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How to Prevent Forest Fires According to an Oregon arborist

How to Prevent Forest Fires, According to an Oregon ArboristForest fires are often avoidable, but not many people are abreast to all of the precautions you can take to ensure that you’re being safe and you remain safe. One thing’s for sure. Whether they’re accidental or preventable, fires happen every year in Oregon, and you need to know several things when it comes to the safety of your home, and more importantly, your friends and family. If you want a crash course in safety guidelines when it comes to preventing forest fires, contact an Oregon arborist, because they can answer all of the questions you may have.

One of the biggest culprits of forest fires are abandoned campfires. You stay warm and enjoy some snacks by the fire with friends, but the fire is not properly extinguished. What started out as a fun and relaxing environment can get really nasty, and very quickly. Here’s how you prevent things like this from happening.

First, know your environment. Are you allowed to have campfires where you’re at? If not, there’s probably a reason for that. If you are allowed, make sure the fire is small and manageable. If you make it too big, the fire will get out of hand, and it could get to a point that is impossible for one person, or even a small group of people, to control. By the time emergency responders get to the scene, it could be a full-fledged forest fire, and those can take a very long time to put out. What started out as a small gathering between family members or friends can become a problem for many more people.

Make sure you clear the area and the fire is maintained inside a fire ring. That’s important. Be aware of your surroundings, because when fire spreads, it spreads quickly. You have to make sure it’s containable before you even get it going.

This one seems obvious, but keep an eye on the fire! If you leave it unattended, issues can arise, and it may be too late by the time you realize what’s happening. Another obvious point, but water should always be readily available, as should a shovel. Also, in terms of storage, you need to take precautions as well, because all firewood should be stored at least 10 feet from your ring, according to the United States Department of Agriculture. Also, take it easy on the lighter fluid. Sure, some people are pyros, but safety comes first when preparing a fire. If you go overboard on the lighter fluid, it can lead to additional complications and create a far less safe situation for all in attendance.

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You also need to know how to stop a fire, and that takes time and precision. When you’re done enjoying the warmth a fire brings, slowly pour water over it and then scrape and separate the coals. Water is definitely your friend during this process. Continue pouring and scraping, and even use the back of your hand to see if heat is still coming from the area. If heat remains, you’re not finished yet. This is an area you need to be diligent with because a fire that’s not completely out can be resilient, and it can come back just as strong, if not stronger, than it was before.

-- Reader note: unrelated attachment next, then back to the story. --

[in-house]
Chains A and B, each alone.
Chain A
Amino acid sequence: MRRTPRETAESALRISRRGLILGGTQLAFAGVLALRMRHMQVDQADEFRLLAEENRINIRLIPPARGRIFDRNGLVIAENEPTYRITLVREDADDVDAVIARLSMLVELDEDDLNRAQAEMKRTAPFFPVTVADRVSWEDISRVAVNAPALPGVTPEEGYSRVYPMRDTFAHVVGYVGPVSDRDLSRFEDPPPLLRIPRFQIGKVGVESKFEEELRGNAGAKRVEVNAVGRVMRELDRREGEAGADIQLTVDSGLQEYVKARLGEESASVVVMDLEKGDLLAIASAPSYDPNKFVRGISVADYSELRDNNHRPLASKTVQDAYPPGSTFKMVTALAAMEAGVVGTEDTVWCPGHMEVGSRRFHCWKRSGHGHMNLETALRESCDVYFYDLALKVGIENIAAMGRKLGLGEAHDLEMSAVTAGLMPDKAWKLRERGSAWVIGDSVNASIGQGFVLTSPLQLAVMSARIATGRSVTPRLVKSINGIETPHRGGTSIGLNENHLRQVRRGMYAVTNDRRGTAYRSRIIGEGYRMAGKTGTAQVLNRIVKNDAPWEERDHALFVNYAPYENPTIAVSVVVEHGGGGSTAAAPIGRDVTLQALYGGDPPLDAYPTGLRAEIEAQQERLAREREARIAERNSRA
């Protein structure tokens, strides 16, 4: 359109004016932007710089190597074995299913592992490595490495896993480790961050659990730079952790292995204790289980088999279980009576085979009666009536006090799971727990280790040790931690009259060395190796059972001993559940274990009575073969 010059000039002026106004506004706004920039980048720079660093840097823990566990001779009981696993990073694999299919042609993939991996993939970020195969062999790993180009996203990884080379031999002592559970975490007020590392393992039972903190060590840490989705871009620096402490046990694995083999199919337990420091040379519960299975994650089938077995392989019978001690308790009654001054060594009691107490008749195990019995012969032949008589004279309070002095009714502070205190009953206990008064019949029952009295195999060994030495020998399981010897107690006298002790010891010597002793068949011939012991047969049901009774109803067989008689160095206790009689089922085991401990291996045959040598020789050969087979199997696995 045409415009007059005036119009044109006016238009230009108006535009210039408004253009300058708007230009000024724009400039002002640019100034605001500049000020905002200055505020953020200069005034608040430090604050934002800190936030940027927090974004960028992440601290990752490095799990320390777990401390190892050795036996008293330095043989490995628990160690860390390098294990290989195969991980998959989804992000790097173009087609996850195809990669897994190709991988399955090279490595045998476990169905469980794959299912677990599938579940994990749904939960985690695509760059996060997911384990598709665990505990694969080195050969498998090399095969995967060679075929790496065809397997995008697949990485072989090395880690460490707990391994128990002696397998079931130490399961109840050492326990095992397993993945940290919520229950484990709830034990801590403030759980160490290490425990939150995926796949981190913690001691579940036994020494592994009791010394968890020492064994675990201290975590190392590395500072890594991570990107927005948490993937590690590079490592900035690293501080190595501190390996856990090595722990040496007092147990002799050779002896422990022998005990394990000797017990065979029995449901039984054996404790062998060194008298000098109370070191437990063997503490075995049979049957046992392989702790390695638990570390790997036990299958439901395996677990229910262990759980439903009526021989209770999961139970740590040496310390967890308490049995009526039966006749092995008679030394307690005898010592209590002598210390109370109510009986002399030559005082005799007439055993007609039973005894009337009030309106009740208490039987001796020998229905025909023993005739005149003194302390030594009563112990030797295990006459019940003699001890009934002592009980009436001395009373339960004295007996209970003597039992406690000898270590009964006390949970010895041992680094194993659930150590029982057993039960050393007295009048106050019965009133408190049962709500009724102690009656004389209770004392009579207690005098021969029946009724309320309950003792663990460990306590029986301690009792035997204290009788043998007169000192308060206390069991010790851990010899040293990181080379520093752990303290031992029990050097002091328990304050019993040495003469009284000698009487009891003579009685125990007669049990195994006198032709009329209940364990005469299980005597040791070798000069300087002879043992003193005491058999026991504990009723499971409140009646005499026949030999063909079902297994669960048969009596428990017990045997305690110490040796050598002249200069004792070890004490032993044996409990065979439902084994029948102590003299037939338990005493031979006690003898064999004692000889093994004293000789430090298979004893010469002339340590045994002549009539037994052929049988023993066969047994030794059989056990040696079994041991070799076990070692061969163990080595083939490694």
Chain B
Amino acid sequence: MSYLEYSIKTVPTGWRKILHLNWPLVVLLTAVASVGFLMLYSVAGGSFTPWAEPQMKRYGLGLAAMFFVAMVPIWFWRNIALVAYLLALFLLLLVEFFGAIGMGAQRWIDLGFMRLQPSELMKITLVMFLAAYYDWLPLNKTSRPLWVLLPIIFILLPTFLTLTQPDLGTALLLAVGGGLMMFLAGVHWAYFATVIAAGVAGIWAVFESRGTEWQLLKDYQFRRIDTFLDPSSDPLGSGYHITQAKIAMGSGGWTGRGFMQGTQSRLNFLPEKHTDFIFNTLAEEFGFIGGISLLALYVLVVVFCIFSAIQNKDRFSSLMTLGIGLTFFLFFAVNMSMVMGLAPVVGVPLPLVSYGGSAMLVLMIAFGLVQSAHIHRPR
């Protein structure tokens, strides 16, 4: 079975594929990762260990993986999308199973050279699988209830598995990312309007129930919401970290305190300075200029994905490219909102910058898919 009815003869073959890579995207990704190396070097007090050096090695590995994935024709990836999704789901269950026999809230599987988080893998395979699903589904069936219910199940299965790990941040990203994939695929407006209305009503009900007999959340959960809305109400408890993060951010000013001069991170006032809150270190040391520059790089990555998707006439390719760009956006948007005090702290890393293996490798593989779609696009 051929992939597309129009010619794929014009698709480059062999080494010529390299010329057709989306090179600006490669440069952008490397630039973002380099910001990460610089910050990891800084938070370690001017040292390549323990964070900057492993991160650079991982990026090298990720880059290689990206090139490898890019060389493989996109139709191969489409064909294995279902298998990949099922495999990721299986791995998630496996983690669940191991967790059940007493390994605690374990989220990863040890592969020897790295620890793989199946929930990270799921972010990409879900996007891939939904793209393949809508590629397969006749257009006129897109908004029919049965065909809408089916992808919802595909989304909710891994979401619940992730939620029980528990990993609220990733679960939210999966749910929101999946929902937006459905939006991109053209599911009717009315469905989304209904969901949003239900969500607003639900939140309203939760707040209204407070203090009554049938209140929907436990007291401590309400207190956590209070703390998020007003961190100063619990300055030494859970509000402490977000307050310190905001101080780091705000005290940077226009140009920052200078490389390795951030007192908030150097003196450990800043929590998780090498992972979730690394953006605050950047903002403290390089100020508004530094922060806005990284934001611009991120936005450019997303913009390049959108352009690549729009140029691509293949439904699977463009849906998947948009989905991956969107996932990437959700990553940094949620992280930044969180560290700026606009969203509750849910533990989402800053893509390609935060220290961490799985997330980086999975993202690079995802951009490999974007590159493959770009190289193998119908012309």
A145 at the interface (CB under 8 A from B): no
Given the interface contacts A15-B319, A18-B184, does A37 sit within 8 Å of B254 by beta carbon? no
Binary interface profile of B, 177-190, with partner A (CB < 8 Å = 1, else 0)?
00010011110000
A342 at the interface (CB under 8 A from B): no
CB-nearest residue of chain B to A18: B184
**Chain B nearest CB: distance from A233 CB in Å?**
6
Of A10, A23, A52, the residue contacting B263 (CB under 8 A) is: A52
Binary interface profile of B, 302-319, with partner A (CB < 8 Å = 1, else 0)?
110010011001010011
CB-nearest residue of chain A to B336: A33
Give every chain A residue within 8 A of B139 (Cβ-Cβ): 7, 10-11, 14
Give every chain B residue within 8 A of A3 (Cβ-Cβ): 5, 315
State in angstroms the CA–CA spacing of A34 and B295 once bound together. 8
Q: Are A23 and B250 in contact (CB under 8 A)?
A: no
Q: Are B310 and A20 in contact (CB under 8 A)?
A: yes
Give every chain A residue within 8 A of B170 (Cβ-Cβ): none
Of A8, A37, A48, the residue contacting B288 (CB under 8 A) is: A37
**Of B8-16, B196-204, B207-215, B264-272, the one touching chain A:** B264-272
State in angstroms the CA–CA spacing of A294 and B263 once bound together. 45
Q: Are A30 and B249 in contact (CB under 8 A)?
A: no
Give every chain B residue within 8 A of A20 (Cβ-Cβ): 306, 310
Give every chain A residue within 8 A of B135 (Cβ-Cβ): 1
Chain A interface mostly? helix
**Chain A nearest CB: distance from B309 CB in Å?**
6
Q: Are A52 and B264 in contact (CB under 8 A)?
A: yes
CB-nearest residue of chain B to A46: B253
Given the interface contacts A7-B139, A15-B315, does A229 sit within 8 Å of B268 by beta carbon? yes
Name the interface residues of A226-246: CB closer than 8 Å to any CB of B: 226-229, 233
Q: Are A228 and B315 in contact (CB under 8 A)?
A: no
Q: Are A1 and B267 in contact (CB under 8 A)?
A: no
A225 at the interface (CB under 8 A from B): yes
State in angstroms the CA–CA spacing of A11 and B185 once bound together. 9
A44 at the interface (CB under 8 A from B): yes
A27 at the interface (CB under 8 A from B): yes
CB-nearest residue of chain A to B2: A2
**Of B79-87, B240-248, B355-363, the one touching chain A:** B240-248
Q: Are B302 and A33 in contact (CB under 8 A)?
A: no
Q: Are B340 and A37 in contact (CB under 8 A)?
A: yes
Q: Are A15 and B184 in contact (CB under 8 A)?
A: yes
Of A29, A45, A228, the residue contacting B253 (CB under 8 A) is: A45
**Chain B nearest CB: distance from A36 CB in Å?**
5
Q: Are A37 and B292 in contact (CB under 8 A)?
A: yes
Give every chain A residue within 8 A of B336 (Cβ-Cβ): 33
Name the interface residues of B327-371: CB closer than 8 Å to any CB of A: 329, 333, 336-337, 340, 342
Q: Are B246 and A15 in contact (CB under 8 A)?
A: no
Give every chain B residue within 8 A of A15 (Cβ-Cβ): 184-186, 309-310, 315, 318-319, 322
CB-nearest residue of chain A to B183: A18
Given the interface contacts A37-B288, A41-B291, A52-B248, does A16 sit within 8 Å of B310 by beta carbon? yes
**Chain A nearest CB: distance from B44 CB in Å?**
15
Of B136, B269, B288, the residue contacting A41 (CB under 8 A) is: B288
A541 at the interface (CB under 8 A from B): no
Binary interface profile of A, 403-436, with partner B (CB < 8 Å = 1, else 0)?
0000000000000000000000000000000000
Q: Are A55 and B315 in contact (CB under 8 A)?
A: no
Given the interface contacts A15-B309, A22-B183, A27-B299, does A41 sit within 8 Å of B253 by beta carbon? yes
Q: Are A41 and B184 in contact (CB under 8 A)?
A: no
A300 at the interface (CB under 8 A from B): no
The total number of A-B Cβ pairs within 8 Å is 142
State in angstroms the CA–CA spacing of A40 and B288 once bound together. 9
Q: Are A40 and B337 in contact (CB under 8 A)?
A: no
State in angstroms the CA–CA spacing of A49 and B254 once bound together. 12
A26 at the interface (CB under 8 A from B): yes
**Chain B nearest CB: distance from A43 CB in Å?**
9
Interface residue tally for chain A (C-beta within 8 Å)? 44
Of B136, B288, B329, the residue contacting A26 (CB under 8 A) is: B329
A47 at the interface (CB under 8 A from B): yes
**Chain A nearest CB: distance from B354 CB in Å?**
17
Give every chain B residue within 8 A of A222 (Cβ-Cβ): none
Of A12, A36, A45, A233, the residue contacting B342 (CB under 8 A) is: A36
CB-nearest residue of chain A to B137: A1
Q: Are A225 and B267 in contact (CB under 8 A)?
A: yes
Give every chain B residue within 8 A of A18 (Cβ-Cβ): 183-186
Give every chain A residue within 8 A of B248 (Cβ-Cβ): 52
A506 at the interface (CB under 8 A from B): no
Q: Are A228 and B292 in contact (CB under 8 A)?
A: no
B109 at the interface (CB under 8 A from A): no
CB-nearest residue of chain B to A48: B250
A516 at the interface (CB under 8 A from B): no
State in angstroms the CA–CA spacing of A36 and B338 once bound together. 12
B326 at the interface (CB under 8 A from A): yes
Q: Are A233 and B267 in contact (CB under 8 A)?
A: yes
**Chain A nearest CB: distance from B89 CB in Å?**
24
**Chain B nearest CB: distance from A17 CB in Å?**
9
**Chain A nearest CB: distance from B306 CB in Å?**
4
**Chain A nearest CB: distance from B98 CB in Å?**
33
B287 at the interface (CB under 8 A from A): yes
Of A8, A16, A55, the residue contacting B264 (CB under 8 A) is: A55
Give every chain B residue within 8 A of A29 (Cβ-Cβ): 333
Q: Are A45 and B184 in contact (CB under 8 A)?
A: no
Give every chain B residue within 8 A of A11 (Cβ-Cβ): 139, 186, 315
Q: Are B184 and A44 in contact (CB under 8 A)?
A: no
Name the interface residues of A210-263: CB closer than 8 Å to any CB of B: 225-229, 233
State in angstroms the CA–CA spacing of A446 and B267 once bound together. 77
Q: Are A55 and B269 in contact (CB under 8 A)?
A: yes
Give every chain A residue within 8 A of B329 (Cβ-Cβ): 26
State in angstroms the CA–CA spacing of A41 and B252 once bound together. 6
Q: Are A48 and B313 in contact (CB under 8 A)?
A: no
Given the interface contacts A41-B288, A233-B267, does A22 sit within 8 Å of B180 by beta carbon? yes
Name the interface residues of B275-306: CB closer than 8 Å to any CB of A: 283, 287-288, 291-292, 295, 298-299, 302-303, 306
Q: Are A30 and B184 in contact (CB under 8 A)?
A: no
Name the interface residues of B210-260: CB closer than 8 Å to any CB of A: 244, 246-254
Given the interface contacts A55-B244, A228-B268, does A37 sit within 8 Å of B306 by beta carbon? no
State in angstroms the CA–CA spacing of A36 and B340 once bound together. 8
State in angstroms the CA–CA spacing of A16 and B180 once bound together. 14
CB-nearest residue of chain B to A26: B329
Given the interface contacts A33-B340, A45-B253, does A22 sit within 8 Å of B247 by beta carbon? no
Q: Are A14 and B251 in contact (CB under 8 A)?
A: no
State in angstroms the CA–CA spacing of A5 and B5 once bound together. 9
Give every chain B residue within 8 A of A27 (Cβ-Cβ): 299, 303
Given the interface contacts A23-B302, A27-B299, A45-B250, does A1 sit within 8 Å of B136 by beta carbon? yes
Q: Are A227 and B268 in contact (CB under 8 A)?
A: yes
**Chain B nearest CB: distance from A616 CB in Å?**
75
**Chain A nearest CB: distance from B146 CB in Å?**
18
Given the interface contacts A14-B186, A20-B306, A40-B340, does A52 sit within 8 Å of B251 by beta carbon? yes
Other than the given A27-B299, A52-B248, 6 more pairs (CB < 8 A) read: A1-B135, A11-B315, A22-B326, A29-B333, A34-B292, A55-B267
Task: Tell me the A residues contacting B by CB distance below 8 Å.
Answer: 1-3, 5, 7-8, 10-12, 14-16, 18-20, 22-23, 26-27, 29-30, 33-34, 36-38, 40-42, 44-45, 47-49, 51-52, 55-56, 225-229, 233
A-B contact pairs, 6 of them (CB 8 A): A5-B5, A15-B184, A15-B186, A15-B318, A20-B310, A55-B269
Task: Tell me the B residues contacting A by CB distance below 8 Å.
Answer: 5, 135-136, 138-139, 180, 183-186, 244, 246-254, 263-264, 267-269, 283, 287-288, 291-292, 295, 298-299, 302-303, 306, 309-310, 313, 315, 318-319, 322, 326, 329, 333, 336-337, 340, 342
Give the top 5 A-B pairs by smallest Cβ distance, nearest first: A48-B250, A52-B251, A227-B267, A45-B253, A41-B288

Believe it or not, while some forest fires can start from a previous fire, which makes complete sense, others can start from something very small that doesn’t seem to be threatening at all. Such is the case with cigarettes. Cigarettes should not be discarded on the ground in any circumstance, seeing as they’re litter and dangerous for animals to eat, but if they’re not completely out, they can cause a wildfire, leading to a much bigger issue. This can be avoided by simply getting rid of your cigarettes in a proper receptacle after they’re properly extinguished.

Fireworks in a wooded area are never a good idea, and if they’re shot off in a forest, it’s a recipe for disaster. Because of the unpredictability of the fireworks, you can’t determine where it’s going to end up, and while you may enjoy the initial rush from the boom and beautiful colors, the ramifications can be really bad if a fire starts because of it. If you want to be safest, avoid fireworks in general, but using them in a wooded area is not advisable, to say the least.

Sometimes big fires can start in your own backyard, and that’s because some residents do not follow local burning ordinances. As National Geographic suggests, and we agree, check with your local municipality about what you can and cannot do when it comes to burning waste. While it might be a pain in the neck to find out in a timely manner, it can still save you a lot of pain and heartache in the long run if it prevents a forest fire from beginning.

If you’re ever unsure of anything when it comes to preparing, extinguishing or proper maintenance of a fire, contact a certified Oregon arborist. While it may cost you a few bucks to get their years of training and expertise on your side, it’s much better to be safe than sorry.

As mentioned before, they often can give you tips based on things they’ve seen or heard in the field. Fire doesn’t have to be scary, it’s meant to be used for good. It’s how our ancestors stayed warm, and continues to be a valuable resource today. We all just need to make sure we’re handling it safely, because if improperly ignited, it can be downright unforgiving.